What is interesting is that the most of the bare text of the DVD is not partisan. It is simply a collection of policy statements on issues of public interest. Nonetheless, my recommendation is that the sound of the DVD text not be used in the broadcasts for two reasons. First, there are sound bites from unidentified individuals expressing support for the candidate. Second, the material is prepared and offered as campaign material. For these reasons, I’ve asked Dave to edit out this material before we broadcast.

I am leaving in DD and JD’s identification of themselves as involved in the Obama campaign. My judgment on this is that those are simply factual statements that describe the context of the presentations that the evening. I may reconsider this analysis after I review more material about the FCC limits.

The audience (including myself) asked many questions to the immigration attorney. I’m not certain if I should have asked the questions. Too much intrusion??? Some of my questions were just to add contextual detail to the recording, e.g. Where are the USCIS offices that serve Ohio? The answer is Cleveland and Cincinnati.

The presentations lasted about an hour longer than DD’s original estimate.

The session ended at 8:15 p.m.

Dave and I tore down the equipment, loaded it, expressed our appreciation to DD for the assignment and departed.


I called the WCRX-LP staffer for a little more detail about the campaign workers.

In response to my question he described the four individuals whom he thought were involved in the campaign. Young, energetic, aggressive. Mature, intellectual, calm but enthusiastic, well-organized. Quiet, calm, dedicated, well-organized. Smart, strong, active, sharp.

As a group, some had experience in political campaigns but not as professionals. Willing to make mistakes to learn the ropes. No one dominated the organization. All were helpful and cooperative with each other.

For the Editorial Collective, the experience will help to define what kind of attention the radio station has to give to the next election and the limitations of what we can do.

As importantly, the program will help to learn what campaign coverage is important to the WCRX-LP audience.

Contact us.
WCRX-LP Editorial Collective
Bexley Public Radio Foundation operating as
WCRX-LP, 102.1 FM, Local Power Radio
2700 E. Main St., Suite 208
Columbus, OH 43209
Voice (614) 235 2929
Fax (614) 235 3008

Tuesday, August 21, 2007

Bexley, Ohio. A Puzzle and the Ivy Walls of Bexley Residences.

The charm of many Bexley residences is their ivy walls. Garden walls. Boundary walls. The walls of houses. Arbor entries shaded by thick green tangles of ivy. All is hidden, all is shaded by the vines and their lush green leaves.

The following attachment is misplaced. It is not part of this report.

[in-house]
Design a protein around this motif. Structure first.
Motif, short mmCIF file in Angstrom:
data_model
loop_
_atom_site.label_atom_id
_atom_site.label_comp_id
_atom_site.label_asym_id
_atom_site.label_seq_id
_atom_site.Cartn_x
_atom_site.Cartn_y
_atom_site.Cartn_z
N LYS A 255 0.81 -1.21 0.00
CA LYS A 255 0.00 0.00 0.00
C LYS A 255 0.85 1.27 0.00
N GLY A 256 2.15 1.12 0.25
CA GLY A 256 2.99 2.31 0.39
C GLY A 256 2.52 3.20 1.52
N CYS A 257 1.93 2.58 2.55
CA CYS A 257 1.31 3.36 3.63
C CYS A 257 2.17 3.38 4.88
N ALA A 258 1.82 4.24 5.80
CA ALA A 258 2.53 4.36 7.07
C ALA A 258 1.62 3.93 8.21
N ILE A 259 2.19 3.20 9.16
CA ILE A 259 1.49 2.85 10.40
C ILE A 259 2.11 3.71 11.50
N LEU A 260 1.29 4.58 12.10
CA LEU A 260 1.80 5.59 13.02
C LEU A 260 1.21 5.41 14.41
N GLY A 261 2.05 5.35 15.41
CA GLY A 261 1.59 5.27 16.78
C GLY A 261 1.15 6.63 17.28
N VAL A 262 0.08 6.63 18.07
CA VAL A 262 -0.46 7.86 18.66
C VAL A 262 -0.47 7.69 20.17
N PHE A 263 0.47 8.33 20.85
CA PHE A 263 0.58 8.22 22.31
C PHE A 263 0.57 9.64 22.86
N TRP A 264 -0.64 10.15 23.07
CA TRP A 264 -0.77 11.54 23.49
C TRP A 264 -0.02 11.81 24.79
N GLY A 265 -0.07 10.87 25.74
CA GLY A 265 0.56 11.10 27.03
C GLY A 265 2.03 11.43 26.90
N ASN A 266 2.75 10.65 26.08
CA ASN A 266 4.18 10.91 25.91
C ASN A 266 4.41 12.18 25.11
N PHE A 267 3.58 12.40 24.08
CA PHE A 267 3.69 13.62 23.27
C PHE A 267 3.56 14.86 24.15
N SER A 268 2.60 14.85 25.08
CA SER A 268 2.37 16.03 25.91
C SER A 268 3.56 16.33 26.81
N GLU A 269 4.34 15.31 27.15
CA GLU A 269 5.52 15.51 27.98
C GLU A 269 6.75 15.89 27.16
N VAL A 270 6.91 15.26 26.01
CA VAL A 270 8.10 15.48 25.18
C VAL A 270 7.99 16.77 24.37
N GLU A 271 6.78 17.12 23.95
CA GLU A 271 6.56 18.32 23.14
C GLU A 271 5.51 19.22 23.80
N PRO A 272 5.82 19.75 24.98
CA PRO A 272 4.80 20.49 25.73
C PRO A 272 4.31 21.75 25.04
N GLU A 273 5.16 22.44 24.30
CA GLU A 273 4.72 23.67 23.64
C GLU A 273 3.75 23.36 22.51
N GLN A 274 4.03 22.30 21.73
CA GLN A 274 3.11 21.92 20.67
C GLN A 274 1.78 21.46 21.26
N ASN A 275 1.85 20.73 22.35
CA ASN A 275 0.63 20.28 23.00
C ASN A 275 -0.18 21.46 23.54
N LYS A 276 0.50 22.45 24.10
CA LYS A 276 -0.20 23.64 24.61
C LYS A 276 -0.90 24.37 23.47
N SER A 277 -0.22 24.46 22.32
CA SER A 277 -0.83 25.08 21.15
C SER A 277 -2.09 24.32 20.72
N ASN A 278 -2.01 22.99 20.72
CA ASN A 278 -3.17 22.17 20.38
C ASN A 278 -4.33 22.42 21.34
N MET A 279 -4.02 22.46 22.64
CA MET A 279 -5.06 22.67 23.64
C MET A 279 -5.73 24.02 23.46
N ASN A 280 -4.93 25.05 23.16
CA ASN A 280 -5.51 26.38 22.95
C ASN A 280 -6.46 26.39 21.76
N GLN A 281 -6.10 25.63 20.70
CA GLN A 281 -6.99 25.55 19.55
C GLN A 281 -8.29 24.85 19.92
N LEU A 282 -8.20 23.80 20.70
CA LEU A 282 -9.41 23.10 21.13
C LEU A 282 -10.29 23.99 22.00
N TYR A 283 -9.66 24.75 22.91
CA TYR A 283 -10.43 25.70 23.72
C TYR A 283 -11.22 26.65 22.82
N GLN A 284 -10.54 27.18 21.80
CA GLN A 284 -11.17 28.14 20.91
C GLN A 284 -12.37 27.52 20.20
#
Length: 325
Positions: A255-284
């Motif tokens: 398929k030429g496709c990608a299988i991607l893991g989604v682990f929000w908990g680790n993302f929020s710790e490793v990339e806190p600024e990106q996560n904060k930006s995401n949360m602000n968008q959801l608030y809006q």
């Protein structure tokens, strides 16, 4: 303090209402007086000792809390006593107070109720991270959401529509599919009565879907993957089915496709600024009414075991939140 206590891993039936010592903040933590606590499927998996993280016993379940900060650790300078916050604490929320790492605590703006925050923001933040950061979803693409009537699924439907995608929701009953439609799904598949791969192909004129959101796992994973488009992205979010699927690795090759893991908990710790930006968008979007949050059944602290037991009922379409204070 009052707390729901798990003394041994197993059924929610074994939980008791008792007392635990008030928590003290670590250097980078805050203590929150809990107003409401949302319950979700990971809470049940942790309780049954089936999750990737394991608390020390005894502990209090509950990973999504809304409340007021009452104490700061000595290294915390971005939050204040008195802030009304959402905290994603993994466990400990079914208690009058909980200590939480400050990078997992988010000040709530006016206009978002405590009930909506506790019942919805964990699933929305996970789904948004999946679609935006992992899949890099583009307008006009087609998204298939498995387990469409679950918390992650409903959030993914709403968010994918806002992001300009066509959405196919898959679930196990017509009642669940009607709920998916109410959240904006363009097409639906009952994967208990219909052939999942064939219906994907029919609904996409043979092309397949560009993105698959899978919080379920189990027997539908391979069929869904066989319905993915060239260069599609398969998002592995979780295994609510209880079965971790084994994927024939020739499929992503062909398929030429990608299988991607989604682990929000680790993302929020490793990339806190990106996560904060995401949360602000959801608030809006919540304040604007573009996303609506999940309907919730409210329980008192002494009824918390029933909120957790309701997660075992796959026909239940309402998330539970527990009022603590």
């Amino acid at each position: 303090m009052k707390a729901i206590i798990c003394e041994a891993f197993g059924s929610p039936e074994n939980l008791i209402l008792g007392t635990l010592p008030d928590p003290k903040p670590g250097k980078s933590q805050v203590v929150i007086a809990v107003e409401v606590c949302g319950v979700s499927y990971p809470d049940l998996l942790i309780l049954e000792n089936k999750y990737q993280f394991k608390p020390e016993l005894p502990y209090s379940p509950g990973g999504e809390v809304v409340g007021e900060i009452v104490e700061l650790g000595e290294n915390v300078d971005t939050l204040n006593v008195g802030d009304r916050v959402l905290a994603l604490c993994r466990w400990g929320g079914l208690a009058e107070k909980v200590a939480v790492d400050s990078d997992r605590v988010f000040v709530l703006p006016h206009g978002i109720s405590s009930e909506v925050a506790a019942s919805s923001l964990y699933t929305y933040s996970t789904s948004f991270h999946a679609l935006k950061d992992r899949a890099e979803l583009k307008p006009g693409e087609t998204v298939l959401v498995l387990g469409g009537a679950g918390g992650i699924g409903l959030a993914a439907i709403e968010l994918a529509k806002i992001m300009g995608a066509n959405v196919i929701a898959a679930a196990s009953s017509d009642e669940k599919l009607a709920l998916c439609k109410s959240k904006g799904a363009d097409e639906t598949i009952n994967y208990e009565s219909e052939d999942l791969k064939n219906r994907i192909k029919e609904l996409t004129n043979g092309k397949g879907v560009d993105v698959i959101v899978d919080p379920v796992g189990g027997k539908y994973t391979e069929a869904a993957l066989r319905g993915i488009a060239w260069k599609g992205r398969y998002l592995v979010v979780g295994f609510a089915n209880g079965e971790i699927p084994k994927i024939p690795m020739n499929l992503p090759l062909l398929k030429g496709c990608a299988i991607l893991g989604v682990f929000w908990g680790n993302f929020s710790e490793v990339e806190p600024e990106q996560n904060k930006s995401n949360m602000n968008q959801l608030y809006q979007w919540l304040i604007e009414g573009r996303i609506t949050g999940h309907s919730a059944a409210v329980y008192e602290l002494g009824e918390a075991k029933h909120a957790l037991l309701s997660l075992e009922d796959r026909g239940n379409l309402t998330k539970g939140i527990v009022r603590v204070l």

The geometry of our houses is softened by this plant. Sometimes these green leaves completely erase straight lines. The cold right angles of our dwellings disappear.

Ivy always seems lushest on eastern walls. The morning sun must give special help to make these east-looking ivys flourish.

Does ivy cool the building it shelters? Is it environmentally friendly?

To me the puzzle of ivy is why it doesn't grow on the skyscrapers of the central cities.

Imagine, the Sears Tower in Chicago covered in ivy. The downtown winds of that city rustling the green leaves.

Then harsher winds shaking the vines. Spring storms and autumn rains: What effect might the wind and rain have on ivy clinging to the walls of the Sears Tower.

How high would ivy grow on the Sears Tower. If left alone, what floor would it grow to. If cultivated, would the ivy grow higher? Or lower? Not at all?

What if the ivy will only grow on the eastside of the Sears Tower? As it should.

Would the architect approve? Skidmore Owings & Merrill. Did SOM even consider the possibility of ivy growing up the eastside of the Sears Tower.

This is a puzzle to present to WCRX-LP landscape designer, Amy Maurer. When she begins to consider gardening topics for autumn and winter.

The WCRX-LP Editorial Collective will offer this idea to Amy Maurer.

WCRX-LP, 102.1 FM, Local Power Radio with ivy growing up its antenna tower.

Contact us.
WCRX-LP Editorial Collective
Bexley Public Radio Foundation operating as
WCRX-LP, 102.1 FM, Local Power Radio
2700 E. Main St., Suite 208
Columbus, OH 43209
Voice (614) 235 2929
Fax (614) 235 3008

Bexley, Ohio. Bexley Centennial Stakes.

The Bexley Centennial is being celebrated in calendar year 2008.

The WCRX-LP Editorial Collective offered the following proposal to the Bexley Chamber of Commerce as three projects that are appropriate to commemorate the Bexley Centennial.

The proposal was rejected politely by the president of the Chamber as being too aggressive.

The following are the three concepts selected by the Editorial Collective as appropriate commemorative projects.

o Establish a commemorative horse race and prize (say $100,000) for the winning stable. The race will be run at one of the local Bexley parks or nearby City of Columbus parks. There will be parimutuel betting.

o Work with the Ohio Lottery Commission to establish a commemorative lottery game. Most of the proceeds will be paid to the Bexley public school system. The game will be a model for the lottery commission to market to other school systems to use on appropriate centennial celebrations.

o Do the ground work to establish eligibility for an Indian gambling casino along the western banks of Alum Creek. Seek the assistance of state and local historical societies to locate tribal lands along Alum Creek.

The concepts really are appropriate for a municipal centennial commemoration. The lottery is a revenue source for public schools and the Bexley Public Schools are central to life in Bexley. A horse race is appropriate because it reflects the agricultural beginnings of the organized Bexley community. There are several Bexley houses that are farm houses from the time period when the neighborhood was farmland.